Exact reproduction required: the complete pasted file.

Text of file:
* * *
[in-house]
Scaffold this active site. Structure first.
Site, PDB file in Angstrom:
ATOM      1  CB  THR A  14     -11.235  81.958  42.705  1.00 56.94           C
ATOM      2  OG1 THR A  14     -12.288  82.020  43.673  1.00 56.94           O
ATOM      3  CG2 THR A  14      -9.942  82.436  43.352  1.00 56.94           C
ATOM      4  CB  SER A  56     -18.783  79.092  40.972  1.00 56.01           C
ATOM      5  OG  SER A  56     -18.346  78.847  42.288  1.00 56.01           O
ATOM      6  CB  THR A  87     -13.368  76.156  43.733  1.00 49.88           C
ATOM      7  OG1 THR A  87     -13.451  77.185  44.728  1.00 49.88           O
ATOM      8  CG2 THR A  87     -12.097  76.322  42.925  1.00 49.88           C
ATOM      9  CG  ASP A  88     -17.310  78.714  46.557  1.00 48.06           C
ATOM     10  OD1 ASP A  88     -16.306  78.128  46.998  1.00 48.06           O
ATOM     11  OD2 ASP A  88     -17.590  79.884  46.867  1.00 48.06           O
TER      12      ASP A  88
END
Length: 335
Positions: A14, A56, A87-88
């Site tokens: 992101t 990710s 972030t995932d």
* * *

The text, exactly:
[in-house]
Scaffold this active site. Structure first.
Site, PDB file in Angstrom:
ATOM      1  CB  THR A  14     -11.235  81.958  42.705  1.00 56.94           C
ATOM      2  OG1 THR A  14     -12.288  82.020  43.673  1.00 56.94           O
ATOM      3  CG2 THR A  14      -9.942  82.436  43.352  1.00 56.94           C
ATOM      4  CB  SER A  56     -18.783  79.092  40.972  1.00 56.01           C
ATOM      5  OG  SER A  56     -18.346  78.847  42.288  1.00 56.01           O
ATOM      6  CB  THR A  87     -13.368  76.156  43.733  1.00 49.88           C
ATOM      7  OG1 THR A  87     -13.451  77.185  44.728  1.00 49.88           O
ATOM      8  CG2 THR A  87     -12.097  76.322  42.925  1.00 49.88           C
ATOM      9  CG  ASP A  88     -17.310  78.714  46.557  1.00 48.06           C
ATOM     10  OD1 ASP A  88     -16.306  78.128  46.998  1.00 48.06           O
ATOM     11  OD2 ASP A  88     -17.590  79.884  46.867  1.00 48.06           O
TER      12      ASP A  88
END
Length: 335
Positions: A14, A56, A87-88
């Site tokens: 992101t 990710s 972030t995932d």